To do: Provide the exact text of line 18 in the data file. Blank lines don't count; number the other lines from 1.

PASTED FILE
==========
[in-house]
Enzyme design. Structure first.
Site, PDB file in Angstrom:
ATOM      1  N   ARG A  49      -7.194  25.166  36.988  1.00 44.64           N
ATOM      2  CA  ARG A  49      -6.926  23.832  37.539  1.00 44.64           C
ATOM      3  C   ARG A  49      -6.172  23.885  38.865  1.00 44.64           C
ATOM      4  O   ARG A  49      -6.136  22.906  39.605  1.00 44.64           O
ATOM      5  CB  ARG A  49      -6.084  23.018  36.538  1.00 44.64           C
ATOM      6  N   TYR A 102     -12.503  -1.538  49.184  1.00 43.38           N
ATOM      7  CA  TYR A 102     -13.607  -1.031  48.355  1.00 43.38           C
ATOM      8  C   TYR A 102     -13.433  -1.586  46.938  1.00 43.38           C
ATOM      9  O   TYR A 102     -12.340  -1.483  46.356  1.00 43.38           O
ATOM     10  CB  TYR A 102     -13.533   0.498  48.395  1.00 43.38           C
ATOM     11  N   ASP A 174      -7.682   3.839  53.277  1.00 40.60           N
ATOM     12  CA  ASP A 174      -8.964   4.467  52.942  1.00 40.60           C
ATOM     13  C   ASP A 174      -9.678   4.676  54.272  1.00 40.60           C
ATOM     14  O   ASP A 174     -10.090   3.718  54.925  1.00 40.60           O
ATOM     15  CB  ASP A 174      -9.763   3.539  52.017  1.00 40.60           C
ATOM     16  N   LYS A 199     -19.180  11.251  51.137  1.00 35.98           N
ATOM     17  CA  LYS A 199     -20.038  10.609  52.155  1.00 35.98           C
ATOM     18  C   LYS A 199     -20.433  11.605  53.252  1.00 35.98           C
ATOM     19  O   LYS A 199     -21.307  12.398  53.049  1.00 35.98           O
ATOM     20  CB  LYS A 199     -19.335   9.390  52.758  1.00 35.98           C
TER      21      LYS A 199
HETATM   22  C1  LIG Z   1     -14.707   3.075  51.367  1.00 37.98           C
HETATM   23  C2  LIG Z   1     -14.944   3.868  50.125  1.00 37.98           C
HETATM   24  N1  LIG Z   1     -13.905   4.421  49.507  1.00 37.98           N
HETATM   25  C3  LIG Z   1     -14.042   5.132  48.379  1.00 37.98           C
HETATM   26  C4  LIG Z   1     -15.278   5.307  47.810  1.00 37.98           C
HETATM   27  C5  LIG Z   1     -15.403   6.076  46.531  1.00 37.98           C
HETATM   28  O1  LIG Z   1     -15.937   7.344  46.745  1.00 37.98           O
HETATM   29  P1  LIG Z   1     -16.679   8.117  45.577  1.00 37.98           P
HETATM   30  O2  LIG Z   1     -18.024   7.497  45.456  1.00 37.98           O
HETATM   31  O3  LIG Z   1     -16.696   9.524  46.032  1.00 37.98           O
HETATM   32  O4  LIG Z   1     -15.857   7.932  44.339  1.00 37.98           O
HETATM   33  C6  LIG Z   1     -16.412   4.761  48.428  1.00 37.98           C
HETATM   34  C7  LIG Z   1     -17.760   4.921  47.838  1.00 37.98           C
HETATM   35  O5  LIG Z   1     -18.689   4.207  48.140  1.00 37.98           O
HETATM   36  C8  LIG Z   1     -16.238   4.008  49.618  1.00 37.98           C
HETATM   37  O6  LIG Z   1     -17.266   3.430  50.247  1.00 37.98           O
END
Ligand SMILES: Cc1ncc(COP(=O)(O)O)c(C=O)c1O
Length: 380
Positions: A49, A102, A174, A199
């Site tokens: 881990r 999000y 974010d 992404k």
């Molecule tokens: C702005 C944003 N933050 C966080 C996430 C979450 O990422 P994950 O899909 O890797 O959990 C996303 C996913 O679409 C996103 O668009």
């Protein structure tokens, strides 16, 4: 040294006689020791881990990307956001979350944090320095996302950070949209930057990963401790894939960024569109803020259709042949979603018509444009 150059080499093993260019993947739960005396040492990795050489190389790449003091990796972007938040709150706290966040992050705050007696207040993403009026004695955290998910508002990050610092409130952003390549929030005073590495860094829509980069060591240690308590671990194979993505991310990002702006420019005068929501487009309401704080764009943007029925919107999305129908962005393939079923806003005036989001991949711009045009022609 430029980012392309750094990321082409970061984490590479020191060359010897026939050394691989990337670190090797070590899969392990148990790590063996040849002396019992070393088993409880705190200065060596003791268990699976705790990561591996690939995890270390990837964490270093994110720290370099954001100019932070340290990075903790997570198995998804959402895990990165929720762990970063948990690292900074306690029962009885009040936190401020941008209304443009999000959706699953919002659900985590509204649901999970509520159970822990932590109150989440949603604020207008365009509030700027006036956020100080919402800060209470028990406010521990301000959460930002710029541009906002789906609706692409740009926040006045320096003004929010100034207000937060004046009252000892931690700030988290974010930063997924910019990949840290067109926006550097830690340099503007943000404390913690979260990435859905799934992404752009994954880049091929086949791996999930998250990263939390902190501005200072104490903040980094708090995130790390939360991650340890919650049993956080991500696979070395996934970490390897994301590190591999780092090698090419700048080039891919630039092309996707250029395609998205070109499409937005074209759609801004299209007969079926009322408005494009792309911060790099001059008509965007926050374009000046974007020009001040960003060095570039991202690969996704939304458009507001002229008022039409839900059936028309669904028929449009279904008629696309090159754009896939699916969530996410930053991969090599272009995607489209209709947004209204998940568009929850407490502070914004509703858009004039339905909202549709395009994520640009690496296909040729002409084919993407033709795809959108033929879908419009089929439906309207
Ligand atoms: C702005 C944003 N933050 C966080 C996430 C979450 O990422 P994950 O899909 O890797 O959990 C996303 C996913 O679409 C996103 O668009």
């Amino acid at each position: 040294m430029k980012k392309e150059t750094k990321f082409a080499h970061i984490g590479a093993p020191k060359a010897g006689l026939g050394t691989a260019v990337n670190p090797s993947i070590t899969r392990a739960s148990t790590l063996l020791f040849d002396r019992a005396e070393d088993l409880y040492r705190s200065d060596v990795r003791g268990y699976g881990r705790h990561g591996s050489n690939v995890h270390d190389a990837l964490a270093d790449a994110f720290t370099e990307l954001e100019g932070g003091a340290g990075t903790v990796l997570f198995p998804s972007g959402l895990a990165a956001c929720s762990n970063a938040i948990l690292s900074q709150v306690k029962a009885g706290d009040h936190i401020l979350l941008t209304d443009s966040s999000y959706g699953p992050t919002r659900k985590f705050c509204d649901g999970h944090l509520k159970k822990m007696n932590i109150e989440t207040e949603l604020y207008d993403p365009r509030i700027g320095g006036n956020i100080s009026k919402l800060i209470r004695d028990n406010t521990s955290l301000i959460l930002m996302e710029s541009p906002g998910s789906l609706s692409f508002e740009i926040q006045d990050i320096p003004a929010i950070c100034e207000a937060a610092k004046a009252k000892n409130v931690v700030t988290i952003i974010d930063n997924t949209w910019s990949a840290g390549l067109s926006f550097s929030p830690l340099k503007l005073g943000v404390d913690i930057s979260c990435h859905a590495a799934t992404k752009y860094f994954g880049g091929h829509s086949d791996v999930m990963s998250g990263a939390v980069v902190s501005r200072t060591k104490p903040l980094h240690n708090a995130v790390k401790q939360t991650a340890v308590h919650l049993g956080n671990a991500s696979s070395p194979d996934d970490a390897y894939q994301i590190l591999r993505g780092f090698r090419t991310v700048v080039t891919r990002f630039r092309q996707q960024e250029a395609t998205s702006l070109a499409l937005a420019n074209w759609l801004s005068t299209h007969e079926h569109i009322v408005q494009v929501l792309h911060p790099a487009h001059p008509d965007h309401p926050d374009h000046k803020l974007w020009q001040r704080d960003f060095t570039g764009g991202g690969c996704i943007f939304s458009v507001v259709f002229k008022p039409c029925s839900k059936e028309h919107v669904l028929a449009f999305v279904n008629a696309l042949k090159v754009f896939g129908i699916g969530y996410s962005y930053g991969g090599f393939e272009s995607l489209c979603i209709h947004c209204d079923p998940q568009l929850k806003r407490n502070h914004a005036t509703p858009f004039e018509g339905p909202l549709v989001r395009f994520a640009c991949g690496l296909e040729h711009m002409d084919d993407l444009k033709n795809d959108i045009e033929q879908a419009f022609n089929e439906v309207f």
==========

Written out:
ATOM     15  CB  ASP A 174      -9.763   3.539  52.017  1.00 40.60           C